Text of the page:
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What are the steps that need to be taken to achieve PCI Compliance for Magento CE?

For example using Paypal website payments pro or sage pay direct in a store would help to achieve PCI compliance?

  • You have to encrypt all data in a "PCIish" way. To check for PCI compliance costs afaik a lot of money. Why do you want this? Use the EE :-) – Fabian Blechschmidt Feb 20 '13 at 10:49
  • If you want to avoid potential difficulties, use a hosted payment method instead. Like SagePay server or PayPal standard. – Ben Lessani - Sonassi Feb 21 '13 at 9:13
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There is no reason why CE cannot be PCI Compliant

It was always regarded as being PCI Compliant - until EE came along, then EE needed another USP. As long as you aren't storing CC details - there is no requirement for encryption of other data (customer name/address etc).

But bear in mind that PCI Compliance is as much an application side requirement as it is a set of rules and definitions for running your company and handling sensitive information.

SAQ

What level of compliance you fall in to will dictate what you need to do to ensure PCI Compliance. If SAQ (self assessment questionnaire) is suitable for your business size, then you can pass unaided with CE - when using an external payment method (such as those described).

Otherwise, above SAQ levels - you'll need a QSA anyway - and you're talking big money with professional assistance. The fact you are asking here probably stipulates you aren't in this boundary.

You would likely fall under SAQ-D

How do you accept payment cards?

A. Card-not-present (e-commerce or mail/telephone-order) merchants, all cardholder data functions outsourced. This would never apply to face-to-face merchants.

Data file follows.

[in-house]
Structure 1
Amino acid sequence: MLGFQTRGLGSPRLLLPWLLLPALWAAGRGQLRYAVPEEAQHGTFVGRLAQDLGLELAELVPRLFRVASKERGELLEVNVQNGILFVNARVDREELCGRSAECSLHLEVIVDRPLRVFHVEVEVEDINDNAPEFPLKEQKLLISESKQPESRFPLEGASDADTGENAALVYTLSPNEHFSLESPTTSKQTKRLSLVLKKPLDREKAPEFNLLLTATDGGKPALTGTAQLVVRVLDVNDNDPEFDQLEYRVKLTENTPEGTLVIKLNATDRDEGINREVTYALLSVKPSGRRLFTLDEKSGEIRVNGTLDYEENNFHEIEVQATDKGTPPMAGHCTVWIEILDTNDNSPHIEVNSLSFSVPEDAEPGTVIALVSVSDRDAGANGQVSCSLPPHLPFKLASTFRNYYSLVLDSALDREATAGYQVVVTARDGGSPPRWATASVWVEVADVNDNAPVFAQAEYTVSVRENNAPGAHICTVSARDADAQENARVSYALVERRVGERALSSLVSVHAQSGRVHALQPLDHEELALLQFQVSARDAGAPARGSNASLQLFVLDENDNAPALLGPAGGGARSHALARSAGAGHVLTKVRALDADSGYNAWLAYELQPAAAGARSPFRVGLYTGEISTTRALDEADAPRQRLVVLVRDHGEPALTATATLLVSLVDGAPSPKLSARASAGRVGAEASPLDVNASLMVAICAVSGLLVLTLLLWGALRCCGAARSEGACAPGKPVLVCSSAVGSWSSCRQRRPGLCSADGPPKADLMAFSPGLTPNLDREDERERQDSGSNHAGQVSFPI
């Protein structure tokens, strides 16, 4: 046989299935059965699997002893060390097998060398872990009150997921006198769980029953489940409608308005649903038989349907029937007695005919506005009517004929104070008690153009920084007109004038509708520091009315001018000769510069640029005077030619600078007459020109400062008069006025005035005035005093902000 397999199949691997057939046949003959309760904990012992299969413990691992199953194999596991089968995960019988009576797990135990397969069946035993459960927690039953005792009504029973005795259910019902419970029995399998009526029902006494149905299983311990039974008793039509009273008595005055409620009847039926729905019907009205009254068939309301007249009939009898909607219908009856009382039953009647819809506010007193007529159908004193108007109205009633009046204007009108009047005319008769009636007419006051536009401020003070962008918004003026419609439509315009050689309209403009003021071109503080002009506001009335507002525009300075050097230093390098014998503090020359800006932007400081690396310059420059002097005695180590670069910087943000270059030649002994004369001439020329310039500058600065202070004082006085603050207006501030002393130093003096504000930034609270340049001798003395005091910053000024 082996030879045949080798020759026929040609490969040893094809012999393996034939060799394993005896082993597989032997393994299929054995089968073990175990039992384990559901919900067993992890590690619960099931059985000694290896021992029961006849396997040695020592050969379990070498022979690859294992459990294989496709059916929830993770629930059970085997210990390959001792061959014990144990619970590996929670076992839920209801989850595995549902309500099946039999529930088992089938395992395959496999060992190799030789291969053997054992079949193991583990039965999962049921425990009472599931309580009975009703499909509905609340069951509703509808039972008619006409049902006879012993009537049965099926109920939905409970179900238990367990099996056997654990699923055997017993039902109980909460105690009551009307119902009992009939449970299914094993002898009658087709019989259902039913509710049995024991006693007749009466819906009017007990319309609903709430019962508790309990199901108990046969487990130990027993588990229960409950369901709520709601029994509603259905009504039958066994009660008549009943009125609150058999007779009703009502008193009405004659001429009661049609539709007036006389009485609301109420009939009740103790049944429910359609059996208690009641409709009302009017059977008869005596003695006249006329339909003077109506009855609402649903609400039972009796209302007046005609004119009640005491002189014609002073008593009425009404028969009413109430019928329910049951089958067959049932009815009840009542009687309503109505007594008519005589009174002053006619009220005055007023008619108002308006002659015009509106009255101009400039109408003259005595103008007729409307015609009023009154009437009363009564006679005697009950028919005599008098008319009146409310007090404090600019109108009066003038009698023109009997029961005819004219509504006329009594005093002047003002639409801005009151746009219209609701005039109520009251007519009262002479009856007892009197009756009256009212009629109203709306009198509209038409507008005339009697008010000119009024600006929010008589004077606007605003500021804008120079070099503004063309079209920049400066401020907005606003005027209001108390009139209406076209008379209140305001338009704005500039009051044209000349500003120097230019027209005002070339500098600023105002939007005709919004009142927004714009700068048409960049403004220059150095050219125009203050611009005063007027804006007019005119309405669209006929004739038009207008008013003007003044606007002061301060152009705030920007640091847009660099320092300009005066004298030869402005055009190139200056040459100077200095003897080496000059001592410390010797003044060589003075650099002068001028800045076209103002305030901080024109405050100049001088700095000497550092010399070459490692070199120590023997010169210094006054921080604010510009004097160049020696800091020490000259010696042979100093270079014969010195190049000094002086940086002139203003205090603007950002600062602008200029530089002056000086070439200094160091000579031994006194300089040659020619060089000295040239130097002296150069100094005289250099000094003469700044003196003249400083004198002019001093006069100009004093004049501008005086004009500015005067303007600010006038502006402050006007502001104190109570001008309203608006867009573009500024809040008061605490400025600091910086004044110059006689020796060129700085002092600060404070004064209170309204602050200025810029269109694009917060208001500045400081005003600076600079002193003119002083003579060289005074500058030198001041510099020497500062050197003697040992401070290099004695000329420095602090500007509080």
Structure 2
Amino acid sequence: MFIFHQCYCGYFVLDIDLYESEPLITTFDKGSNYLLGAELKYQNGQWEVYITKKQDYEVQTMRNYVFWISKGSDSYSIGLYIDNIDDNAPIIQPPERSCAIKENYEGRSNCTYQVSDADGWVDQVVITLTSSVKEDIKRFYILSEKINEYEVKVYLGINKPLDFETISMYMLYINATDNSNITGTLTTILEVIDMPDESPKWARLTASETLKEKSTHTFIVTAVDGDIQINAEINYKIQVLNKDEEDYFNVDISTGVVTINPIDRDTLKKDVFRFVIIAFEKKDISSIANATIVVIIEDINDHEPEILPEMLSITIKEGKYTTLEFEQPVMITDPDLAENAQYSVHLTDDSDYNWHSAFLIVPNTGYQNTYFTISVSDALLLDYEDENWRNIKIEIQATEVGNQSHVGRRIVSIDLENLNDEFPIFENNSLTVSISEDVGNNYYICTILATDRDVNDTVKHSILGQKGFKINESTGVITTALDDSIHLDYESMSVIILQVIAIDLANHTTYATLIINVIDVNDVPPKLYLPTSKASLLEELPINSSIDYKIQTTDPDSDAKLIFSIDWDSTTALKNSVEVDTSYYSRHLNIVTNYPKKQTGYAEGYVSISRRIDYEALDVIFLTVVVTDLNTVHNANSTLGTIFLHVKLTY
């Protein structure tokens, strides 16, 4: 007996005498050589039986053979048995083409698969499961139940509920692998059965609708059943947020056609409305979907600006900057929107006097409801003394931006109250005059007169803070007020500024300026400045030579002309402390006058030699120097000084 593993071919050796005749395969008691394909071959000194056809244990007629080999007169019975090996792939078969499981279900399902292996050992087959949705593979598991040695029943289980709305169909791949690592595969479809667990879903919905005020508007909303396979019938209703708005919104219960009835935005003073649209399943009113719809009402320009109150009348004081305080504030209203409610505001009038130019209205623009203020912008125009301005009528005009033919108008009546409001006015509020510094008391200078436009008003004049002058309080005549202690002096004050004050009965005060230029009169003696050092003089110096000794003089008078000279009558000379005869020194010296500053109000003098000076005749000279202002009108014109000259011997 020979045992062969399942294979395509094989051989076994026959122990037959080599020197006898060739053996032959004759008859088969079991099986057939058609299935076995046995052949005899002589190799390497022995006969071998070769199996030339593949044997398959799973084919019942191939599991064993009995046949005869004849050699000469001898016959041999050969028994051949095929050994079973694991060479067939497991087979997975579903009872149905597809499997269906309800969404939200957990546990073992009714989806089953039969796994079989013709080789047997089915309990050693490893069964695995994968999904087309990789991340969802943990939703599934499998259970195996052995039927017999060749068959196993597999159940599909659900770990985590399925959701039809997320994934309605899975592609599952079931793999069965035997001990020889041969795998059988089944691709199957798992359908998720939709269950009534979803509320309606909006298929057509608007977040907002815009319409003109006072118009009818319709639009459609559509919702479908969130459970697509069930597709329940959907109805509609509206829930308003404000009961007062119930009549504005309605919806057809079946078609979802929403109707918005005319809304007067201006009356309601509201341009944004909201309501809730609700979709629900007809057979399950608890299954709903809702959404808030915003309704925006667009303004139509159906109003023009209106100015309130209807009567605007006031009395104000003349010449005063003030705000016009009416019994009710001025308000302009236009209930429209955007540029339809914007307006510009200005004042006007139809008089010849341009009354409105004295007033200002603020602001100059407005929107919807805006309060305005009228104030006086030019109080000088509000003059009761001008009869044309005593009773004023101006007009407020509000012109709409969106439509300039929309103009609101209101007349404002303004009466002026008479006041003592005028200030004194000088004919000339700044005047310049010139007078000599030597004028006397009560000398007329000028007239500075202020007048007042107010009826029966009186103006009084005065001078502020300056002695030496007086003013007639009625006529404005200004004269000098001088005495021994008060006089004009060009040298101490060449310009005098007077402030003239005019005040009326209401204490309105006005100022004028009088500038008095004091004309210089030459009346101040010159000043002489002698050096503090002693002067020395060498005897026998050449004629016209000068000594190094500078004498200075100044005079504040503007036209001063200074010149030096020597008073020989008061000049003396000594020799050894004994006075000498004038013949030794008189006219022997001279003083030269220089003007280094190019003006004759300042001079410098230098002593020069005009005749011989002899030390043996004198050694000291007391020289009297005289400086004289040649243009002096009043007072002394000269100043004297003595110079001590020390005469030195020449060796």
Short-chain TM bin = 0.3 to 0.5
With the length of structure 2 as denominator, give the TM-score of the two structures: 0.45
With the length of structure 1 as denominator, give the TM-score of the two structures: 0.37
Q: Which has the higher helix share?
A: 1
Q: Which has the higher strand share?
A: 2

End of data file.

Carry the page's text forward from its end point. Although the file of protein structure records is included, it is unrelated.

B. Imprint-only merchants with no electronic cardholder data storage, or standalone, dial-out terminal merchants with no electronic cardholder data storage.

C-VT. Merchants using only web-based virtual terminals, no electronic cardholder data storage.

C. Merchants with payment application systems connected to the Internet, no electronic cardholder data storage.

D. All other merchants not included in descriptions for SAQ types A through C above, and all service providers defined by a payment brand as eligible to complete an SAQ.

See https://www.pcisecuritystandards.org/smb/what_to_secure.html

Merchant/Transaction Level

  1. Merchants processing over 6 million Visa transactions annually (all channels) or Global merchants identified as Level 1 by any Visa region 2
  2. Merchants processing 1 million to 6 million Visa transactions annually (all channels)
  3. Merchants processing 20,000 to 1 million Visa e-commerce transactions annually
  4. Merchants processing less than 20,000 Visa e-commerce transactions annually and all other merchants processing up to 1 million Visa transactions annually

See http://usa.visa.com/merchants/risk_management/cisp_merchants.html


What is important is to differentiate the merchant level and SAQ level. They are separate. You can be SAQ-D as a Level 2 merchant. In-fact, in most cases you can self-assess up to Level 2 when at level SAQ-D - as the requirements are more relaxed because you are not handling card data at all.


Merely using EE does not make you PCI Compliant, the same way using a PCI Compliant host doesn't make you PCI Compliant. Your business as a whole (application, business/staff, hosting) must all be PCI Compliant.

2

The PCI level you need to comply with depends on how many transactions your are likely going to have. As a first step you should work out which level would apply to you:

  1. Any merchant -- regardless of acceptance channel -- processing over 6M Visa transactions per year. Any merchant that Visa, at its sole discretion, determines should meet the Level 1 merchant requirements to minimize risk to the Visa system.
  2. Any merchant -- regardless of acceptance channel -- processing 1M to 6M Visa transactions per year.
  3. Any merchant processing 20,000 to 1M Visa e-commerce transactions per year.
  4. Any merchant processing fewer than 20,000 Visa e-commerce transactions per year, and all other merchants -- regardless of acceptance channel -- processing up to 1M Visa transactions per year.

http://usa.visa.com/merchants/risk_management/cisp_merchants.html this is from VISA but would similarly apply to PCI

With each level you will have different requirements to meet. Once you have done the assessment I am sure someone will be able to give you a more detailed answer on what steps to take with CE.